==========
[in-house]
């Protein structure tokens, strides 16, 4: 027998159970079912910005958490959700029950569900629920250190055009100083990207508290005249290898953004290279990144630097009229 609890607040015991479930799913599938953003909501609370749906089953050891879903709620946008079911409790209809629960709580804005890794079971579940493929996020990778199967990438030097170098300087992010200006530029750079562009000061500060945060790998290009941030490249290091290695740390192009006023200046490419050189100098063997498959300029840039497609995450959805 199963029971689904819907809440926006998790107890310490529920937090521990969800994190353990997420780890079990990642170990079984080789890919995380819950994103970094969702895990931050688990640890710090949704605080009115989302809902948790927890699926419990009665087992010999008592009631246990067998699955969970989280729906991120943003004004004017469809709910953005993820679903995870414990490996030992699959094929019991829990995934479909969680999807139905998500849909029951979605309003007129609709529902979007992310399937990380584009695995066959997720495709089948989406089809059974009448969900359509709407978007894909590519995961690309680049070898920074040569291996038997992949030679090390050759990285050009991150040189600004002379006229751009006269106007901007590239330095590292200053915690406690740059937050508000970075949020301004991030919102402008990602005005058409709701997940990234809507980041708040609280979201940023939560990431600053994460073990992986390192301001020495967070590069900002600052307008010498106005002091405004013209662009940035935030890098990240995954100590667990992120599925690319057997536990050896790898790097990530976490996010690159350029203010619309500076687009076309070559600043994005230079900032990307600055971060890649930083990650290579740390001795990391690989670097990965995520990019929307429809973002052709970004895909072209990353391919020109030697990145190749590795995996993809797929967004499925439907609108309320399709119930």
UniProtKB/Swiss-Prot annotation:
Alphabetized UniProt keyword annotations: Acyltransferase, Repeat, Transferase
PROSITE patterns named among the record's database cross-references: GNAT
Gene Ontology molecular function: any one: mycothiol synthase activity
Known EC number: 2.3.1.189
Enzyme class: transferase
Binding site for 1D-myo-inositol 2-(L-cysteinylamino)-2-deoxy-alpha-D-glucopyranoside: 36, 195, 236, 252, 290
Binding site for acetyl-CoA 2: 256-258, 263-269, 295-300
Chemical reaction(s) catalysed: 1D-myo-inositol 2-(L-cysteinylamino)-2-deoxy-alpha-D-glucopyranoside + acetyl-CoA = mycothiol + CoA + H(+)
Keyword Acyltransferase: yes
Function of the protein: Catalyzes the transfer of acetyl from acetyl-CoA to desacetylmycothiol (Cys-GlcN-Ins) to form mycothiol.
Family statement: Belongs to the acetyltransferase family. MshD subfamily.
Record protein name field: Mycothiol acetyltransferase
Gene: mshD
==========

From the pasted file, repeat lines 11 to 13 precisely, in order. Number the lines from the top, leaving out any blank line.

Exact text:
Chemical reaction(s) catalysed: 1D-myo-inositol 2-(L-cysteinylamino)-2-deoxy-alpha-D-glucopyranoside + acetyl-CoA = mycothiol + CoA + H(+)
Keyword Acyltransferase: yes
Function of the protein: Catalyzes the transfer of acetyl from acetyl-CoA to desacetylmycothiol (Cys-GlcN-Ins) to form mycothiol.